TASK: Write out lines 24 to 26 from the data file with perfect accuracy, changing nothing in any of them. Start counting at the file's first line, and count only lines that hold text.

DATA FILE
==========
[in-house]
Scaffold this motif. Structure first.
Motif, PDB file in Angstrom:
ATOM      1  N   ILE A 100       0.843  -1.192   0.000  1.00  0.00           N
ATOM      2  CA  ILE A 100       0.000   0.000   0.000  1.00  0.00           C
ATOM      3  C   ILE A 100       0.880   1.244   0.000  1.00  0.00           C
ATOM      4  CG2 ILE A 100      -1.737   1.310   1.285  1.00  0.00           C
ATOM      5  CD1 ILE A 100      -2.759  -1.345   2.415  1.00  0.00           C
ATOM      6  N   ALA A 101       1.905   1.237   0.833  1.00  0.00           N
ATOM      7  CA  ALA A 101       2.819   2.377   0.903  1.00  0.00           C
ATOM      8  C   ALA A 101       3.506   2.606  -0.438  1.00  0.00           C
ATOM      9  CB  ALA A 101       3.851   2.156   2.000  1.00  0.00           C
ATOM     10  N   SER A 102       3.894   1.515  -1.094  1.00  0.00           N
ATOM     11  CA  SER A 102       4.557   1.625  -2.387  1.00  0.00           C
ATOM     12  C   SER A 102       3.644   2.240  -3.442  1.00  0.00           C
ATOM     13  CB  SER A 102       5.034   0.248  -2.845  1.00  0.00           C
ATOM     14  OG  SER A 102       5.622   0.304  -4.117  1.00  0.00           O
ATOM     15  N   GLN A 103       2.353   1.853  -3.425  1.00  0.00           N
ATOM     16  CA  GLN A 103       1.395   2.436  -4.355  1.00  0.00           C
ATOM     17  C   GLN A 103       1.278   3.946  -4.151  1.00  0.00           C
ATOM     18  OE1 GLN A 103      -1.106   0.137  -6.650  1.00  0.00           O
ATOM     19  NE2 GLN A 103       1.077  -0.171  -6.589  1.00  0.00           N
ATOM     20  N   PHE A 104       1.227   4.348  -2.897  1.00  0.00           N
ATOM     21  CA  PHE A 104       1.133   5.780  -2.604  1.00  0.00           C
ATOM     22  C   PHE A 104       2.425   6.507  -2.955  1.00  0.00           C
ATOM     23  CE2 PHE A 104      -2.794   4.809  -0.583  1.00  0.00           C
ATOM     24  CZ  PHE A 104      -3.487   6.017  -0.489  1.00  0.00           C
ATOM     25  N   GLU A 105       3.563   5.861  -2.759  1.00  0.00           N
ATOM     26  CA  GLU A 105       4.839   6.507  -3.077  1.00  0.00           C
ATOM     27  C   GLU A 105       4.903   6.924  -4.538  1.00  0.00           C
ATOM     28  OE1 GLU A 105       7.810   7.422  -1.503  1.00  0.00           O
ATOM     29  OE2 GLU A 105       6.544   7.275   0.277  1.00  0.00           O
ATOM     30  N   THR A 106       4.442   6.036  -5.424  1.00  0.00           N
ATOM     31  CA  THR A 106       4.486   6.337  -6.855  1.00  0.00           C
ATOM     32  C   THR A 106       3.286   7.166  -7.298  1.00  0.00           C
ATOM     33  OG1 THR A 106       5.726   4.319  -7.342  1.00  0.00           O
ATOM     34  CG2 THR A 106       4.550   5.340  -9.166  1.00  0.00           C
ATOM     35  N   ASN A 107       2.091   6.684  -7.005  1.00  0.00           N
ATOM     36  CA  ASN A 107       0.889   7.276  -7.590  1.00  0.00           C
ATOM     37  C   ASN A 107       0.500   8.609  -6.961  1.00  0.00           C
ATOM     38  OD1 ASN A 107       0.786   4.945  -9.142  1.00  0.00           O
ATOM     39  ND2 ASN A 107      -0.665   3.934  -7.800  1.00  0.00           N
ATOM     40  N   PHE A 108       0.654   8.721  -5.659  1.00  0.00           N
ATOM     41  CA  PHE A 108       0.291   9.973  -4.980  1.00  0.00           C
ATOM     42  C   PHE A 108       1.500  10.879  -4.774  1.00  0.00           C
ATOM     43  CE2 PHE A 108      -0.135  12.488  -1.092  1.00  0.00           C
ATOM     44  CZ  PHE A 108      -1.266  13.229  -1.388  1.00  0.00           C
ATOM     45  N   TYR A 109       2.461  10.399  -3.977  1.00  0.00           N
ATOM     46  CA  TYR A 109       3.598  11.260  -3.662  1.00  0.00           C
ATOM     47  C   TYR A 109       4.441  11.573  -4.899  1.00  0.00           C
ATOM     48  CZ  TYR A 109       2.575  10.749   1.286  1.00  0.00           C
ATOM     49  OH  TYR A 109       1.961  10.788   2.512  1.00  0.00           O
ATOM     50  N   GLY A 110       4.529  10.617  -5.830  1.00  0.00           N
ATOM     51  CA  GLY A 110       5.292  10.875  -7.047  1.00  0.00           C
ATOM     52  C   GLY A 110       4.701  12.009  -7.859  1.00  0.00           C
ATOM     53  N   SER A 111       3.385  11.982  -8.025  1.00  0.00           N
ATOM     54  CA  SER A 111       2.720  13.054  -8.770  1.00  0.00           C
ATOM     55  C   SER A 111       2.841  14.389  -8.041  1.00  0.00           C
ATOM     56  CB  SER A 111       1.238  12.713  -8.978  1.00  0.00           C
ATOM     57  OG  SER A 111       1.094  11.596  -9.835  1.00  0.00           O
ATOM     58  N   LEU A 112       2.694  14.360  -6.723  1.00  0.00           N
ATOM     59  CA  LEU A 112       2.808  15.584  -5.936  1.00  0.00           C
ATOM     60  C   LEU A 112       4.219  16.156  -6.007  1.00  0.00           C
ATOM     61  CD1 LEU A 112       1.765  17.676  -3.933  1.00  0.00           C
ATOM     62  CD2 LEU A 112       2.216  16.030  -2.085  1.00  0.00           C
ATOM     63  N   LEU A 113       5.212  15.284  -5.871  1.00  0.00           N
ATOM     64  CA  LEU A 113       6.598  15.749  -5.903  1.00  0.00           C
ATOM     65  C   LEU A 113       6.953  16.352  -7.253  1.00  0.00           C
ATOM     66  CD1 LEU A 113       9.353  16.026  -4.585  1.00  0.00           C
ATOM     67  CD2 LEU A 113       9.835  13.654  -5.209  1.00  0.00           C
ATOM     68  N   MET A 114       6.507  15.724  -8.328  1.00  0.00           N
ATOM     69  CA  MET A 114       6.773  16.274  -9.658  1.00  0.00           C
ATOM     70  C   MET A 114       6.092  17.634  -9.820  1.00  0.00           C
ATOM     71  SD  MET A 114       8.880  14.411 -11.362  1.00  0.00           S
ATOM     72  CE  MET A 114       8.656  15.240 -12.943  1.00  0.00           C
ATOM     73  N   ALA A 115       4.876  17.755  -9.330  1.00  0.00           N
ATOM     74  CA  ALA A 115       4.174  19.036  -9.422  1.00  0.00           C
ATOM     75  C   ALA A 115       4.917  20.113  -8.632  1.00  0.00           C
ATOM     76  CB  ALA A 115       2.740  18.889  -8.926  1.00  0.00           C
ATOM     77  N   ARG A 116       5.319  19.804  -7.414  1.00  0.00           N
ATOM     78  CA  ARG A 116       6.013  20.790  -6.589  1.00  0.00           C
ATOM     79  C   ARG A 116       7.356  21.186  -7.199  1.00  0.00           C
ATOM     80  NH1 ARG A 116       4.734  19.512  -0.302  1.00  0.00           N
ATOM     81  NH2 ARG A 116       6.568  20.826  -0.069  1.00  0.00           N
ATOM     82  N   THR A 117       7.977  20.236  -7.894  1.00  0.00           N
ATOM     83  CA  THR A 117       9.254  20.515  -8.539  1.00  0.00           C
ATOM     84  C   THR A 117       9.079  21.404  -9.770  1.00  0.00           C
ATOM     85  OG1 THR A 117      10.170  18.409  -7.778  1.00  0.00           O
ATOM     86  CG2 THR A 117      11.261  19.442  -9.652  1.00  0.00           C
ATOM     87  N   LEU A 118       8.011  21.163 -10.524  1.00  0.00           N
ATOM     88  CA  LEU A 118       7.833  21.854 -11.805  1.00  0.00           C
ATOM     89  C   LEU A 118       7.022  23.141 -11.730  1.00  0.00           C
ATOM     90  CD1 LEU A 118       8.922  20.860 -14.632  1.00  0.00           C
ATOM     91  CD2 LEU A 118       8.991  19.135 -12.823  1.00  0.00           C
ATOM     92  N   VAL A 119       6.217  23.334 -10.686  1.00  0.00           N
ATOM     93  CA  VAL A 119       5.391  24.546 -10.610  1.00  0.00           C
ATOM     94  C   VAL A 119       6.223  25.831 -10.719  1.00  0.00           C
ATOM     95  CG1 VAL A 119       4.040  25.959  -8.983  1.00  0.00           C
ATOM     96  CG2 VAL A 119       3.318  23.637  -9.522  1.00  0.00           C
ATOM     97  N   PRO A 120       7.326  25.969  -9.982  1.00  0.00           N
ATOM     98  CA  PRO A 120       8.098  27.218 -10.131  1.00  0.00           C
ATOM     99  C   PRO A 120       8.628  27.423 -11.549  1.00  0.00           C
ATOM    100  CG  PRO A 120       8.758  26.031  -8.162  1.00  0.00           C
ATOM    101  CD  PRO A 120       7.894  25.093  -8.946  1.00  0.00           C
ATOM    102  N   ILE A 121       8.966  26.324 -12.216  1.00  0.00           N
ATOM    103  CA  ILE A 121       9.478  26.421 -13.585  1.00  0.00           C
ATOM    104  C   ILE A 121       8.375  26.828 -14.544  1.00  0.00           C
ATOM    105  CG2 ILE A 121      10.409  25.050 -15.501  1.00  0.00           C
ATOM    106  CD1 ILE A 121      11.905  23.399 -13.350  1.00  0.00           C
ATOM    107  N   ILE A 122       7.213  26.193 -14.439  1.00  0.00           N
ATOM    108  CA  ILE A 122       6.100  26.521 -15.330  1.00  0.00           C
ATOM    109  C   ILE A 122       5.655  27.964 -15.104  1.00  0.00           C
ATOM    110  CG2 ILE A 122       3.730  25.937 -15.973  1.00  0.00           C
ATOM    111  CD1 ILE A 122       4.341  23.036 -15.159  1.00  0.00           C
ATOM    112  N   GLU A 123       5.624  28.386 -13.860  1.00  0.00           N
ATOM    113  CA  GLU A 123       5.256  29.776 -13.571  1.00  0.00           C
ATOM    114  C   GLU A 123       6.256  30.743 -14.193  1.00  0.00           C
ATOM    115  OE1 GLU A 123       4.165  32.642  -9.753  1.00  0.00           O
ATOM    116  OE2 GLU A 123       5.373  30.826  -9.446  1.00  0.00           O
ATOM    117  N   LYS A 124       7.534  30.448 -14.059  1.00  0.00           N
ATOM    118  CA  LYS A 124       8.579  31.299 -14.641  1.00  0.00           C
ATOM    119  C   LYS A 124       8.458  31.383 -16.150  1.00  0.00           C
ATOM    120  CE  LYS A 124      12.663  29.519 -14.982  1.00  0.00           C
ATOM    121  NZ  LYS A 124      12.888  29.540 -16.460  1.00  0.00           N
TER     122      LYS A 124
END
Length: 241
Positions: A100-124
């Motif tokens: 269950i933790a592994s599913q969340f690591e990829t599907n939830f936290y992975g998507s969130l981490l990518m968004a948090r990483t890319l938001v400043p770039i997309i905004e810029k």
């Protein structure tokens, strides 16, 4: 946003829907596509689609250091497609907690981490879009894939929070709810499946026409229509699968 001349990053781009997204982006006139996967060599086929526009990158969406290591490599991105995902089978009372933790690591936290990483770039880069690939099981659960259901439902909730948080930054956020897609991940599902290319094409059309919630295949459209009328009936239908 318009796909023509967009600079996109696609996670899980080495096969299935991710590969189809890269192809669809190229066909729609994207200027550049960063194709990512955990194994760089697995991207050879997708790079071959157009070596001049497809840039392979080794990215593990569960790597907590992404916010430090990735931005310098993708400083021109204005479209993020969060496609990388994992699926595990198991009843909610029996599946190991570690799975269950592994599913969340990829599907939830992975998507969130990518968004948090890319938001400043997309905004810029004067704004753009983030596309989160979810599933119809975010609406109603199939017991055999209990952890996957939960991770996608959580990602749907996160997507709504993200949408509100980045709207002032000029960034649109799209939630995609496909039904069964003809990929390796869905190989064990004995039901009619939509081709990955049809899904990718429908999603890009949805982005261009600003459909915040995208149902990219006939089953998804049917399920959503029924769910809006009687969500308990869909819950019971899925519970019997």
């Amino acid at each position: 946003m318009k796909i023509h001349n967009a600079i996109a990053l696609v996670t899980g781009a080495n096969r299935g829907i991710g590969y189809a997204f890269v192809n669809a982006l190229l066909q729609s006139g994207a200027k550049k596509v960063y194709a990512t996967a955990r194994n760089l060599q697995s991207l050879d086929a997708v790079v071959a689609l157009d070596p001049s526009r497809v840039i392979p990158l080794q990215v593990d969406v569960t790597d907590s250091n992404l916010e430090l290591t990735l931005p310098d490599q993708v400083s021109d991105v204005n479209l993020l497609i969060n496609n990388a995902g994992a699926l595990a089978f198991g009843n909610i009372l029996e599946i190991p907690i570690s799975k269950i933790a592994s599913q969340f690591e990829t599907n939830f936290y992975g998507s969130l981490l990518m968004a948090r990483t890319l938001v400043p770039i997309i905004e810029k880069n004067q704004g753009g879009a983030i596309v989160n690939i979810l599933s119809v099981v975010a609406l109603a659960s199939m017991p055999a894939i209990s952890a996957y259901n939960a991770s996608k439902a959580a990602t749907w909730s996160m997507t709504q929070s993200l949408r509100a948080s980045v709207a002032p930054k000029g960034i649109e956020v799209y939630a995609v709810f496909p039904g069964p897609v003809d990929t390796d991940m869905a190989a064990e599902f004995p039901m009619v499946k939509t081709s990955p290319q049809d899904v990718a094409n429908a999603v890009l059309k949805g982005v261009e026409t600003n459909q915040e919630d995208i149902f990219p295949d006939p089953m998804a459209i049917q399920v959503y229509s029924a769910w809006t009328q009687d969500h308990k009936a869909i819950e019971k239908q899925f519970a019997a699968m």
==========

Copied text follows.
ATOM     21  CA  PHE A 104       1.133   5.780  -2.604  1.00  0.00           C
ATOM     22  C   PHE A 104       2.425   6.507  -2.955  1.00  0.00           C
ATOM     23  CE2 PHE A 104      -2.794   4.809  -0.583  1.00  0.00           C